Kord raised his gauntleted hands and gestured at Marek’s body. Kord spoke: “To help you succeed, I have a gift for you to aid you in your quest. This armor will help protect you in battle.”
New armor, black chainmail lined with red runes and adorned with the symbol of Kord now adorned the young cleric. Magical energy danced like lightning along the runes.
“Fight well young cleric and know this: in your quest you might meet someone from your past. Do what needs to be done when the time comes. Don’t fail your quest!”
The image of Kord faded from view as the last few words were spoken. Marek had barely started to ponder the meaning of that last message when another image came into view. The form of Grimmlor himself! The skull face looked to Marek and spoke through unmoving teeth.
“Young cleric of Kord, find the desecrators and send them to me. Kord speaks very highly of you and assures me that you are the one to fulfill my quest.” The skeletal face smiled slightly and continued. “I also have a gift for you, for I am generous with those who serve me.”
Grimmlor raised his hand and a scythe appeared in his grasp. Marek looked closer and saw that it was Harvester! Grimmlor had Harvester is his bony grasp! Grimmlor traced a skeletal finger along the blade and announced, “It is done!” Grimmlor released his grasp on Harvester and the scythe disappeared.
Grimmlor approached Marek and snapped his bony fingers. The new armor Kord had given Marek vanished, leaving his chest bare. Grimmlor’s skeletal hand raised up, pointing at Marek’s heart. A sharp pain erupted on Marek’s skin and the smell of burning flesh filled Marek’s thoughts.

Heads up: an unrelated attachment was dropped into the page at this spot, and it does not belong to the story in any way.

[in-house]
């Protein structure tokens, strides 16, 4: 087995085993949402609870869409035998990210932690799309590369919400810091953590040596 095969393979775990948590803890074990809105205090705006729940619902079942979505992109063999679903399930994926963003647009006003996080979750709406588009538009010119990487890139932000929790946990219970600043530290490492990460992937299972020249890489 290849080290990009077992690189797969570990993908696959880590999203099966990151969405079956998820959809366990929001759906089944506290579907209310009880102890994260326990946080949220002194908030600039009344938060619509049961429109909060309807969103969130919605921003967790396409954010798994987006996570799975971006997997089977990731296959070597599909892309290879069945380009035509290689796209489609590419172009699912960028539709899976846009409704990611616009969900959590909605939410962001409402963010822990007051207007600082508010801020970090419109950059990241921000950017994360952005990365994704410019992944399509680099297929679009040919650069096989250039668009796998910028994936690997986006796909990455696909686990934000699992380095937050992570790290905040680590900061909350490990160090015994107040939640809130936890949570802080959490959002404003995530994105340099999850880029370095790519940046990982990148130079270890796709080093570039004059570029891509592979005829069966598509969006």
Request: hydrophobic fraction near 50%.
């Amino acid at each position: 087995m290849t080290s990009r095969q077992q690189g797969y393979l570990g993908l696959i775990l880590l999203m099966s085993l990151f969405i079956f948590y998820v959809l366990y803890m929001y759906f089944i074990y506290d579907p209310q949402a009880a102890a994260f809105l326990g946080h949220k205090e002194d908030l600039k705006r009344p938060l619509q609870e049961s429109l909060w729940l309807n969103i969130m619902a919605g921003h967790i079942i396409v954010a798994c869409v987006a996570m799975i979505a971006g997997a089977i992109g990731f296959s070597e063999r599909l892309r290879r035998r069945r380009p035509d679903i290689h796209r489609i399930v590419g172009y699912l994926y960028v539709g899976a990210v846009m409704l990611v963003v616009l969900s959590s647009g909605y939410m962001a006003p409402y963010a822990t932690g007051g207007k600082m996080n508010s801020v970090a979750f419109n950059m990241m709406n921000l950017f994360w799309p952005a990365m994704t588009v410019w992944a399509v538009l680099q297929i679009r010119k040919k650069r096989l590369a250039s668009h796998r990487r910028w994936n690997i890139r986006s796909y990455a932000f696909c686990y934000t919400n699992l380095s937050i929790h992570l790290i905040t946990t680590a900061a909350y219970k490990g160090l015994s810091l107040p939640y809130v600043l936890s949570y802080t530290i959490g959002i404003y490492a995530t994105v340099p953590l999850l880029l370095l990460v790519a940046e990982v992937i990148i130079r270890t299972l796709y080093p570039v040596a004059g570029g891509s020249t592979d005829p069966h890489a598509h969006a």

“One more gift do I give unto you, young cleric. As a reminder of my quest to you, I hereby mark you with this symbol. It will disappear only when your quest has been completed. Do not fail me!”
The pain ceased suddenly, and when Marek opened his eyes, he was back in his room, lying on the hard wooden floor. He felt his chest and jerked his hand away as his touch brings pain to the flesh over his heart. Marek rose and moved to the mirror in his room. Burned into the skin over his heart was a wicked-looking tattoo of two crossed scythes: one is clearly Harvester and the other looks like the scythe held by the statue in the temple of Grimmlor. Marek looked around and saw the new armor on the floor near the wall. Also leaning against the wall is Harvester! Marek rushed to his beloved weapon and inspected it carefully. All seemed normal until Marek noticed that the keen edge of the blade was now black. Marek shuddered at the thought of Harvester carrying the touch of Grimmlor.
As the sunlight started to creep over the horizon, Titan climbed out of bed. He dressed quickly and left the inn before even the innkeeper had begun his morning chores. Titan knew he would need enhancements if he was going to become the hero he wanted and was expected to be. Earlier in the week, he had seen a little artificers shop a few streets over that he believed could be exactly what he needed. As he looked at the sun and gauged what time it was, he hoped the shop would even be open this early. As he rounded the corner, the shop came into view. The lantern outside the door was still lit. "Excellent,” thought Titan,"they're open". The door moaned loudly as Titan stepped through it. Not wanting to look too eager, Titan started browsing the many items hanging on the wall close to the door.